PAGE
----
Today I’ll start posting my pictures from Oslo, broken into a few different posts. I really liked the city of Oslo. Being the largest city in Norway and the capital gives it an urban an cosmopolitan feel but since it is quite small (the greater Oslo area being only about 800,000 I was told) it has a sort of quaint small city feel, I’ve read in travel guides that people say one of the best things about the city is how easily you can leave it and be out in the forests and hills. Th small size also makes almost everything within a reasonable walking distance. One thing I’ve always disliked about Toronto is how it’s surrounded by suburbs, meaning to get out of the urban/sub-urban areas you have travel quite far, most likely by car. Also, I didn’t feel like anywhere I went was really touristy there, which was a nice change from some of the places I had been. The city is attractive and everything seems very clean, well-maintained and efficiently run. And out of everywhere in Europe Norwegians are probably the most polite drivers as well as being the most proficient in English (everyone seems to speak it fluently, similar to the rest of Scandinavia). On the downside everything is really expensive, if you live there it would be a worthy trade-off for their high wages, generous social security system and overall high standard of living, but as a tourist it hurts.
This group of pictures is from the Vigeland Sculpture Park, contained within Frogner Park, both being free public parks. The sculptures are the work of Gustav Vigeland who also designed the layout of the sculpture park. Frogner Park is older and was layout by someone else. As well, on one of the hills visible from the park one can see a quintessential Norwegian sports culture… Oslo’s ski jump.
On a side note, it is also sad to hear about an untimely and horrific loss of life, but I think the recent shooting and bombing in Oslo is doubly sad because it happened in a place that I think is generally seen as an example for the rest of the world to follow. It also hits closer to home because I have friends that live there, and I myself was there not that long ago.
Cinque Terre (five lands) was my final stop in Italy before moving on to Lugano in Switzerland. Cinque Terre is both a national park and a UNESCO world heritage site along the rugged Ligurian coast that is probably the most known for the terraces covering the steep hills that drop into the water, five lands referring to the five villages of Monterosso al Mare, Vernazza, Corniglia, Manarola, and Riomaggiore that are spread along the cost of the park. There does appear to be another village inland but still within the park but it doesn’t seem to be considered one of “the” Cinque Terre towns.
Coming into nearby La Spezia my train from Rome was late and so I missed my connecting train to Corniglia where I was going to stay in a hostel. I wasn’t able to get on a later train for over an hour, it was now after 11pm, and when I did I ended up missing the stop for Corniglia. Not knowing where I could stay now I just decided to stay on until Monterosso al Mare, the northern most CInque Terre village, because I knew it was the largest and most touristy so I hoped to see some place to stay. I arrived there close to midnight and everything was shut down for the night, giving up on trying to find a bed, I attempted to sleep on a bench in a shelter on the town’s train platform. It being a small town station, no trains stop there through the night, and the place was empty of people. It does have trains in transit going through it though, so every ten or fifteen minutes a train would come roaring through, blowing the door on the shelter open, which would then slam shut again. It would suffice to say, I didn’t sleep at all. Early in the morning, I left on the first train I could take to go to Corniglia and went to the hostel to secure a room for the night. I enjoyed being up and around in the early morning despite the rough night because the place was quite beautiful and tranquil before the all the day trippers came into the towns.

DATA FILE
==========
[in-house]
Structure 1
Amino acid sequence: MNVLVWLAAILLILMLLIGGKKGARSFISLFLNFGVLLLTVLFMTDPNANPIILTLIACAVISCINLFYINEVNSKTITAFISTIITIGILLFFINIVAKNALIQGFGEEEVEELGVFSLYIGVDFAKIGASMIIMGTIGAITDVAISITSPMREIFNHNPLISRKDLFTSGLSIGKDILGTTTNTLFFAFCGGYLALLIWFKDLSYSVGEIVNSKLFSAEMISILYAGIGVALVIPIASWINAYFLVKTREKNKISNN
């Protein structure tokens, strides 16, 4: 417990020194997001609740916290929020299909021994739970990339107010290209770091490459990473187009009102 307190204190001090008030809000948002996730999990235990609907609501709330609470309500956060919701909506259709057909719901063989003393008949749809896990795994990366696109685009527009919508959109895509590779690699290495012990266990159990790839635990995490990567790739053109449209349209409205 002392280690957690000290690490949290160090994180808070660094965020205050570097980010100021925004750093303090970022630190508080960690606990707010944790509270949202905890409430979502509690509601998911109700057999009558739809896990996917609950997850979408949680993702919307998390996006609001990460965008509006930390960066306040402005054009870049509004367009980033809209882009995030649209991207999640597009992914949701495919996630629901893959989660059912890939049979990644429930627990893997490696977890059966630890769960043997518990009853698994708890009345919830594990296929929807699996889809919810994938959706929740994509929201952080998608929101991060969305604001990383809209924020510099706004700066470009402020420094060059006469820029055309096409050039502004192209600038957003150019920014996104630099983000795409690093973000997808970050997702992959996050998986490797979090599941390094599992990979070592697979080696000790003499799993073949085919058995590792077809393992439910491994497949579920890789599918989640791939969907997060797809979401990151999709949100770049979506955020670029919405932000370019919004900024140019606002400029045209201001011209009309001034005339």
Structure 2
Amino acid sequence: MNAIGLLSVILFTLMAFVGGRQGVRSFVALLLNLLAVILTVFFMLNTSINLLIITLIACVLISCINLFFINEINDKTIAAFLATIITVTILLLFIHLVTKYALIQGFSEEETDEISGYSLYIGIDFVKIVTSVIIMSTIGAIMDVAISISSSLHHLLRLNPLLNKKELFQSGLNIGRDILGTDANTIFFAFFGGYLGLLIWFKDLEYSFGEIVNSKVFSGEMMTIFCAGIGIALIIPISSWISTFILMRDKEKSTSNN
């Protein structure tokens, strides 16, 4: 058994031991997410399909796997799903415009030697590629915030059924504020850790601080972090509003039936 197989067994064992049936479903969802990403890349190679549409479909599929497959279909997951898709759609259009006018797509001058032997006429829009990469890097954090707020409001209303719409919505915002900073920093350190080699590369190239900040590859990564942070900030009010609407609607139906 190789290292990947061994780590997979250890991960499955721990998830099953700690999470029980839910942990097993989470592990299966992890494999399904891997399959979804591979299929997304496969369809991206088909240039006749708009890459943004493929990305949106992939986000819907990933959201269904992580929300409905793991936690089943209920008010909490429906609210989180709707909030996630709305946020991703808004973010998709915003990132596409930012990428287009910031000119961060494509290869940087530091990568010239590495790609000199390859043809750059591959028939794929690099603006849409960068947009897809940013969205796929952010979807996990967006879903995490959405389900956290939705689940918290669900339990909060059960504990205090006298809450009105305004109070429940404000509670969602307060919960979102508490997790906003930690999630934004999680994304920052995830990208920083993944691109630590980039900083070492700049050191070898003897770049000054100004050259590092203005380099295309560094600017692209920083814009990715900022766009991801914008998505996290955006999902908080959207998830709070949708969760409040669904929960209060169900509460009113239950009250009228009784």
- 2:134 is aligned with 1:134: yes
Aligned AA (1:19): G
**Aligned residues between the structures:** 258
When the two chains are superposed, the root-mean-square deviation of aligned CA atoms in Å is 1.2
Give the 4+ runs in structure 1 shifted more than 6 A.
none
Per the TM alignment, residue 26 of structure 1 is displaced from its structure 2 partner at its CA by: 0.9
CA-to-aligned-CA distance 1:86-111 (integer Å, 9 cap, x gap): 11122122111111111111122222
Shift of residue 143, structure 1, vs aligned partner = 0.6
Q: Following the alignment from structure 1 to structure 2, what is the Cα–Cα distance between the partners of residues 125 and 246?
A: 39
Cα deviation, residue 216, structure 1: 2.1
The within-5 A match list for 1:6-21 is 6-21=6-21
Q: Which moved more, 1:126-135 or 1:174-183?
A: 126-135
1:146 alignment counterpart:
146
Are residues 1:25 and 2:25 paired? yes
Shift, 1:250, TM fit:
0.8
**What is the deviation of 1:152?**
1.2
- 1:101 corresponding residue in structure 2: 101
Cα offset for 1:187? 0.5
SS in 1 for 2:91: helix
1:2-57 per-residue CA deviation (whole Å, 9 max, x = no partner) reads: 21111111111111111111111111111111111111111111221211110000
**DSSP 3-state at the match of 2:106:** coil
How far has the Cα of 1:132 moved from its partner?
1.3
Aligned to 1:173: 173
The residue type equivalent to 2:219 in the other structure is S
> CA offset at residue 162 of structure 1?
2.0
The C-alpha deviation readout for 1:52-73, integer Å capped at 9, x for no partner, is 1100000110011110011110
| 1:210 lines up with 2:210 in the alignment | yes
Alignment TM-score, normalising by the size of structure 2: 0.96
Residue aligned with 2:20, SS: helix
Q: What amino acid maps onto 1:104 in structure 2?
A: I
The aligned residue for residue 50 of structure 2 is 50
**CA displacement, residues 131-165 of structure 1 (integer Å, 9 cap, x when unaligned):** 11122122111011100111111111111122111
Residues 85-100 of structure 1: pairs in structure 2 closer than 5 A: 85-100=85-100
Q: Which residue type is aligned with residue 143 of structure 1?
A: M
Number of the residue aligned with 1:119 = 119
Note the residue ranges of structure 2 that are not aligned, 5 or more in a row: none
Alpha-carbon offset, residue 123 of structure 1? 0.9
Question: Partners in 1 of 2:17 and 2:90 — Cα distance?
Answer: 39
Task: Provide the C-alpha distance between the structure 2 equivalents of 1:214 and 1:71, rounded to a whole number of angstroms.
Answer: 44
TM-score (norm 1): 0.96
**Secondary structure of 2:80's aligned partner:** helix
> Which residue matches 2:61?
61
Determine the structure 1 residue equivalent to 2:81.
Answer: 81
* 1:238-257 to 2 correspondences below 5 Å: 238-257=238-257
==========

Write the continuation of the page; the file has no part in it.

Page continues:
So on no sleep, I partook in one of the Cinque Terre’s most popular activities: walking the trails that connect the five villages. The walk started out with an short stint along a gentle paved trail connecting Riomaggore to Manarola. But the fun really started on the walk from Manarola to Corniglia. The main path that is lower down and closer to the sea was closed so I had to take a longer route that went up and around, through the famous terraces where the locals grow grapes and olives predominantly to produce the wines and oils the area is known for, as well as other fruits and vegetables for personal consumption. This portion of the hike was great, the views were amazing and there were few people out due to the early hour and the fact that I was on a secondary trail because the main one was closed. I stopped for lunch in Corniglia where I ate a freshly made pizza marinara in the town square. Despite being on a bench in a busy town square I was so tired I kept falling asleep and knocking my head against the concrete wall behind me every time I would nod off. Despite this, I continued on to Vernazza, but this leg of the hike was not as enjoyable because I returned to the main trail which by that hour was packed with people. I didn’t bother walking to Monterosso because I had seen it already and it didn’t have the quaint feel of the other towns. And I was really tired.
I returned to Corniglia by train, and just hung around the village for the rest of the evening. Mornings and evenings were definitely the most enjoyable times to be there as mid day there are a lot of day trippers that come in on boats, meaning the small streets of the towns and surrounding trails are packed with people. But in the evening most leave, making the village feel much more relaxed and letting one wind down and enjoy the surroundings. Overall, despite the rough first night Cinque Terre was an enjoyable stop and well worth it.
Here are the final few pictures from Gimmelwald, just some pictures of scenery and buildings from around the village. Worth noting, the one sort of large building pictured is the town’s school house where they teach all grades (and teach them three languages while in the process). This was one of my favourite stops of the trip, really different from any other place I stayed in many respects. It was the most secluded place I stayed, had the fewest tourists, the quietest, the freshest air and cleanest water. Basically it was the place where the state of the natural environment has been the most preserved, a challenge given the population of central Europe. I think it is taken for granted how much easier it is to find untouched nature in Canada, as even in the Swiss Alps, it seems much harder to find places out of reach of development or cultivation.